I wanted to mention this to hopefully connect the last few dots. The reason most articles don't talk about "both" these ways, is because really there is only one way, with a few different choices.

Maintaining a branch: If you need to bring changes from Master into a long-running branch, you can either do so with merge or rebase. Rebase is cleaner IMO.

Preparing to integrate your work into master: You can either squash some or all of your commits, or you can keep the history as-is.

Integrating into master: You always do this with a merge.

That's a good point, thanks for clarifying. In case anyone else is still reading, it's (ideally) a fast-forward merge. Fig 3-30 shows this:


So I guess I'm starting to see how these are somewhat the same thing in the end, just from different perspectives. Thanks again.

>I had always understood rebase as a mechanism that replaces merging a feature branch onto master, that allows you to squash all the 'messy' development commits on the feature branch, onto a single nice clean commit on master.

For squashing into a single commit, you can even use

    git merge branch_name --squash
But, yeah, rebasing is a nice and more general way to do it.

In this case, we want to have a logical history that says: this branch has these features A, B, C, D, and rebasing means that we can have the feature branch just have these commits, instead of "A, and then merge in some changes someone else happened to do, then B, C, then some other merges, then D."

I think http://nvie.com/posts/a-successful-git-branching-model/ is simpler and more robust.

To my mind git-flow is overcomplicated; I prefer http://scottchacon.com/2011/08/31/github-flow.html

I like that. It seems that git-flow is a good match for weekly/monthly releases and github-flow is a good match for daily/multiple times a day releases.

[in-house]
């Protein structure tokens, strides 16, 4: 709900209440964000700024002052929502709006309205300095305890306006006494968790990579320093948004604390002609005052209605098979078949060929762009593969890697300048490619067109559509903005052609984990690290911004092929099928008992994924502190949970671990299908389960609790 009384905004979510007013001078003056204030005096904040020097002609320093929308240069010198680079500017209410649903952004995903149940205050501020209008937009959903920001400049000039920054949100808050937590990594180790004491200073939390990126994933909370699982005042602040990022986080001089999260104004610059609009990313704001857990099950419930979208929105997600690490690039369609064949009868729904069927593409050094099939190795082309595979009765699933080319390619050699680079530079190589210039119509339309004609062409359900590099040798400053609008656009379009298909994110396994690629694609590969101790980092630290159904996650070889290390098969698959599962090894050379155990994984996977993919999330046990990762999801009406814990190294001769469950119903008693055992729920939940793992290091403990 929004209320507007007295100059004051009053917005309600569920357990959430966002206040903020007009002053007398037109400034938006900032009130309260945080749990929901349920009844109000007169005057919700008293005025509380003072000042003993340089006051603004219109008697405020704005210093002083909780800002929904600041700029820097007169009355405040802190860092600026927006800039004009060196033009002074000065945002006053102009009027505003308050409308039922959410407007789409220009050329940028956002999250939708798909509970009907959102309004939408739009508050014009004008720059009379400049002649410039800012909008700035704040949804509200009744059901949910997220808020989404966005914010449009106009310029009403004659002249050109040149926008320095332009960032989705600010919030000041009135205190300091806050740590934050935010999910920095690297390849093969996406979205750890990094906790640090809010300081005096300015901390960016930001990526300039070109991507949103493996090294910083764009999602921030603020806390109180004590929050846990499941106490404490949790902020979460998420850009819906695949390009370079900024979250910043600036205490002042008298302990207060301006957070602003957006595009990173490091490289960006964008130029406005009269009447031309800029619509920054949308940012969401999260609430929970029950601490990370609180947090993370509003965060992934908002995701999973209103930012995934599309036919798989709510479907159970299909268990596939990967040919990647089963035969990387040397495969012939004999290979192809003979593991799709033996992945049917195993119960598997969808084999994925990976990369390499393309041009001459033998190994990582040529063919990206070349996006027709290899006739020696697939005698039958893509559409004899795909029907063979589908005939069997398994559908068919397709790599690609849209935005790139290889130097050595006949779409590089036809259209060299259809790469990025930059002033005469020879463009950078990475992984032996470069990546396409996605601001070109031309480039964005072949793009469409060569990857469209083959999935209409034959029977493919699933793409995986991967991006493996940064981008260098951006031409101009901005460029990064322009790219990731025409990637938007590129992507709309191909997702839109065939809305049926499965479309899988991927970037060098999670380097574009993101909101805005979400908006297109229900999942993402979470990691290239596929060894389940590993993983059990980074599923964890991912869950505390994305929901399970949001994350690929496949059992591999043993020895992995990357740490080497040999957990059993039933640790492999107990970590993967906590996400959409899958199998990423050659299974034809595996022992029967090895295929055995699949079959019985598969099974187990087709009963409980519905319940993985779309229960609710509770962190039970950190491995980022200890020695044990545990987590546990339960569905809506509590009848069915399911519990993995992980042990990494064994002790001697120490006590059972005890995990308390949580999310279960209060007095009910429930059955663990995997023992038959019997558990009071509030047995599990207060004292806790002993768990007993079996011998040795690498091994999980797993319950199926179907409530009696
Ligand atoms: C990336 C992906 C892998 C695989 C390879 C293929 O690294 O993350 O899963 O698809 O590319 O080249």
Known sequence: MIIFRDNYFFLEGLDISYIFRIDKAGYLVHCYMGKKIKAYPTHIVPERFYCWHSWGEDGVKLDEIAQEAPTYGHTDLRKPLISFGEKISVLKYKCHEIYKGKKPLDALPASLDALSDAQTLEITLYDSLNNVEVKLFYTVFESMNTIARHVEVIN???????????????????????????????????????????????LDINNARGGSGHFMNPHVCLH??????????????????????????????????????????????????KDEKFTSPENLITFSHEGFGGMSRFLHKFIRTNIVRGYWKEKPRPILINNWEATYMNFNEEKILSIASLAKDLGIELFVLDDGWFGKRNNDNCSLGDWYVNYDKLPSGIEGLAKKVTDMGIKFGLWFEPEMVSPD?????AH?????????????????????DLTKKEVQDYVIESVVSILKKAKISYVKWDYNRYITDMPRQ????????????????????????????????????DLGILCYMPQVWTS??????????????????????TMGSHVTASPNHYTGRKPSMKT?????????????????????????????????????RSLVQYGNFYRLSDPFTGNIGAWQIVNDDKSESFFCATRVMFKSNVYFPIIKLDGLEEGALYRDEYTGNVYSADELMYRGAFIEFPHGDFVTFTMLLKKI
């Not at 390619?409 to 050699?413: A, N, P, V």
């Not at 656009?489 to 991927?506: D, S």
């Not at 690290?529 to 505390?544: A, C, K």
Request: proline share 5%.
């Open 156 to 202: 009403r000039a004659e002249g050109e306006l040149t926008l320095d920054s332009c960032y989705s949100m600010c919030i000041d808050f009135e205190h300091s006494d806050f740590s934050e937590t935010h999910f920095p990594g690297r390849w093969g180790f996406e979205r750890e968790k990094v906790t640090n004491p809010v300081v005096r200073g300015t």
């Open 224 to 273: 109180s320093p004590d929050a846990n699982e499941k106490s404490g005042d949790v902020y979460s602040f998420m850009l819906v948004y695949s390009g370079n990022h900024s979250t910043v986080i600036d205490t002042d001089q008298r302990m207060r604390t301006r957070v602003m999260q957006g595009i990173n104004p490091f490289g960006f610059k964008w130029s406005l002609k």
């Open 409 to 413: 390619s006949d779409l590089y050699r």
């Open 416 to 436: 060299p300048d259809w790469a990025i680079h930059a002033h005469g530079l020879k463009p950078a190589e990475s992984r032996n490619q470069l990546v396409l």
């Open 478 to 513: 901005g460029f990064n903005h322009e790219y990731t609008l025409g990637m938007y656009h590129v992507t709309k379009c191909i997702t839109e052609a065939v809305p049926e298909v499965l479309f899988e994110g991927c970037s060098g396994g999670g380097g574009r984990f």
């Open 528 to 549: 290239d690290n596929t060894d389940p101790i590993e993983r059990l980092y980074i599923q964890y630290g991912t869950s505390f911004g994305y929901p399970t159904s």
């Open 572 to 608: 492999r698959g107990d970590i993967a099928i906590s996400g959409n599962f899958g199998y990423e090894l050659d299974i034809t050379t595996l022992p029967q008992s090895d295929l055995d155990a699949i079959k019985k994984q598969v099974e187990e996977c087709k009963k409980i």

As far as I can tell the only real difference is the existence of a develop branch in git-flow that allows integration testing before a batch release.

I think these hosting providers are trying to get people into the habit of doing pull requests, which is something base git and git flow doesn't cover. A lot of small teams seem to rely on blind merges with, but as you grow you need better ways to comment/approve/deny changes that random team members might throw into a codebase.

Pull requests are built into Git. (Just a piece of trivia for you).

Yes, git-flow is excellent, but like any branch / commit scheme takes dicipline to follow. I often find myself (on personal projects) fiddling with bits on the 'wrong' branch, as I tend to jump ad-hoc from place to place in the code. Probably itself a discipline problem. :-)

I have a similar problem; this is what I do: I keep a dev branch to merge to/from whenever I switch focus.

For example, when I'm on branch Feat-A, but I want to make a change related to Feat-B (or I already have but haven't committed), I'll stash my changes, merge Feat-A into dev, merge dev into Feat-B, pop my changes off the stash, and commit.

The whole switch goes:

- "Oops, these changes don't go on this branch"

- git stash

- git checkout dev

- git merge Feat-A

- git checkout Feat-B

- git merge dev

- git stash pop

It takes half a minute, but it keeps my branches clean, and lets me move from feature to feature at will. I may add a 'git oops' alias just for this process.

Thank you - I've been meaning to think that process through. I'll be doing this from now on if I'm in the same situation rather than 'ah feck it, commit it'!

yepyep, this is also how i roll; stashing and popping!

Thanks for this -- looks very nice. Now, has anyone any experience with hg-flow (a mercurial extension that helps following a git-flow like model with mercurial)?


feature branches are awesome. My problem is usually in early protoyping, where I want to push my stuff somewhere, but often switch paradigms.

I.e. I just started learning Rails, building a new app from scratch, and you can imagine it becoming messsy. Before I get confident in a certain architecture, I would just push to master all the time with "some more blah" messages.

I think rebasing can be valuable in this sense, since it will destroy crappy history. I'm more found of the git flow workflow in a team development effort, expecially if your thingy is already in a production pipeline. I've found rebasing to be often very confusing and destructive, while merges are clear and easy to manage.

One reason I like git-flow is its insistence on two main branches, master and deploy. In a CI environment, it's great to have a CI pointing at develop so that "finished" features and merges are constantly being tested, plus, you always have a master branch which (theoretically) is only getting fed from fully-tested release branches. Master stays pristine. Develop should also be pristine but if it fails, it's no big deal.